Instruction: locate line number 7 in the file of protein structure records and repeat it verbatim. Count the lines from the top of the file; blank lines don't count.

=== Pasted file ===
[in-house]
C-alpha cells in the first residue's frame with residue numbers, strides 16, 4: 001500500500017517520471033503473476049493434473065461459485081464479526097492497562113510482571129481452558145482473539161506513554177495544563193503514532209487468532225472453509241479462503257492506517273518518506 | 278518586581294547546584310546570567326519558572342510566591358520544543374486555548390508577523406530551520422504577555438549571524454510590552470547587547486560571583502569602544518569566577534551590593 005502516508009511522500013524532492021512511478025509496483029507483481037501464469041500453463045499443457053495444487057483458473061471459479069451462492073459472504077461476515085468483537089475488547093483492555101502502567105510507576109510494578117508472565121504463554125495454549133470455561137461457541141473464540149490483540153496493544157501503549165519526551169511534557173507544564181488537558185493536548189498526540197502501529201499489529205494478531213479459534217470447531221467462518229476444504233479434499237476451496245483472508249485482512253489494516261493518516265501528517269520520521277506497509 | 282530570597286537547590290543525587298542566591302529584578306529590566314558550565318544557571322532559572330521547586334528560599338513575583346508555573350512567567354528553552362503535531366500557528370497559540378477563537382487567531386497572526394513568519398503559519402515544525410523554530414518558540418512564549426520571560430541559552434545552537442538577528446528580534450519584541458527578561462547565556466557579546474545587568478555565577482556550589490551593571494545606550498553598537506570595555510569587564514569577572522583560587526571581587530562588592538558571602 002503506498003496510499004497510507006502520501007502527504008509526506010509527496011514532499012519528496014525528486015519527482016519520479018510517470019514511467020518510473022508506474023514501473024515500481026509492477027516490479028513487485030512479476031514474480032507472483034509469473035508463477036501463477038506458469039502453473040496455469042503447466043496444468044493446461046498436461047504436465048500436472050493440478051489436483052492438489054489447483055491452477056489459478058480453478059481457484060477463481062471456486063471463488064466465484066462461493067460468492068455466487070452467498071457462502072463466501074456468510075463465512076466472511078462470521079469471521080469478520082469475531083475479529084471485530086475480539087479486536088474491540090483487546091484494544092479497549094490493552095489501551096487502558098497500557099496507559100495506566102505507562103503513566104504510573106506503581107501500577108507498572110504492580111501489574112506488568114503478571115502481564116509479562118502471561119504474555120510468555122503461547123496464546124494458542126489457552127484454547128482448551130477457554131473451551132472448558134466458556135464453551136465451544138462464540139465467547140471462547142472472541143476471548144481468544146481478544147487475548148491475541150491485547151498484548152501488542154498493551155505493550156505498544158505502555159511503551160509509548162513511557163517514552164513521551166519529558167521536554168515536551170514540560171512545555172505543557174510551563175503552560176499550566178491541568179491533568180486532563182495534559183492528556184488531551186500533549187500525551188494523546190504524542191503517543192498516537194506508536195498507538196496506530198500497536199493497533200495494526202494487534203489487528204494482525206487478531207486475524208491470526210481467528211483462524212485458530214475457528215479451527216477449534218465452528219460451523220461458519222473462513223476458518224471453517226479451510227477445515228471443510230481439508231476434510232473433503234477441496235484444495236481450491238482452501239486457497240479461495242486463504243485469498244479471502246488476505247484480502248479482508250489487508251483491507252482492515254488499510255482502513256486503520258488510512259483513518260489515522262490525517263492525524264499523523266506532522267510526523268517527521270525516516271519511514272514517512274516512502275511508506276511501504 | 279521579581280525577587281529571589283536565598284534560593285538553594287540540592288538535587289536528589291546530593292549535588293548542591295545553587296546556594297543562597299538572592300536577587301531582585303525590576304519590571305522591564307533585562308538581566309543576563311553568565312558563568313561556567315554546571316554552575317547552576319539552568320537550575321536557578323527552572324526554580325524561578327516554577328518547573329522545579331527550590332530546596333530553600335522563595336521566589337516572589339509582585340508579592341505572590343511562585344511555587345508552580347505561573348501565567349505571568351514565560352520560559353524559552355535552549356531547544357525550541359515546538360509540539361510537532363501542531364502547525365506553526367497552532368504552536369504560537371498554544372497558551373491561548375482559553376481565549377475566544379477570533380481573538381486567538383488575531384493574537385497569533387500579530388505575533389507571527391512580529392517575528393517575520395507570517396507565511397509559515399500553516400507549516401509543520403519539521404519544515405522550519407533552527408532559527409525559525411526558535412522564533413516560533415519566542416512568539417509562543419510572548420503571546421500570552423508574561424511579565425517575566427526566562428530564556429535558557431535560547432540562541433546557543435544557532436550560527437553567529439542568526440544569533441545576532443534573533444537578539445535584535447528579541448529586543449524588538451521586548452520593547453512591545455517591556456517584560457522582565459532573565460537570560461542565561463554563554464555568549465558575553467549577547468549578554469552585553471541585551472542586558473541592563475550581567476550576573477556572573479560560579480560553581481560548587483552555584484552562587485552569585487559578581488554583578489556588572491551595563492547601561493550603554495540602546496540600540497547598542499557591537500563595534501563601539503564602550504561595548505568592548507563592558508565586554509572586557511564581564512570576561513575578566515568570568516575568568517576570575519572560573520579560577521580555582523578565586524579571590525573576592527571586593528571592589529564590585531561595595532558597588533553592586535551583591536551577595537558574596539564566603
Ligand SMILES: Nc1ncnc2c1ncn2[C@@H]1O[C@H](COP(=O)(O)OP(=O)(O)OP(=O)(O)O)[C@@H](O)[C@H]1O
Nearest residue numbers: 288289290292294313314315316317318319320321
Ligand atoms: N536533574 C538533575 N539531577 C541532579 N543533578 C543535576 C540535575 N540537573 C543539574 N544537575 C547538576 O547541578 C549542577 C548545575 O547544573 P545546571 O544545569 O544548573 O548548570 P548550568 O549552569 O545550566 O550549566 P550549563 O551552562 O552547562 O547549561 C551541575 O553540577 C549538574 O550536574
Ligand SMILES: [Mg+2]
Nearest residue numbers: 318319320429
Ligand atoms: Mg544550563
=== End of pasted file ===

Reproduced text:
Nearest residue numbers: 318319320429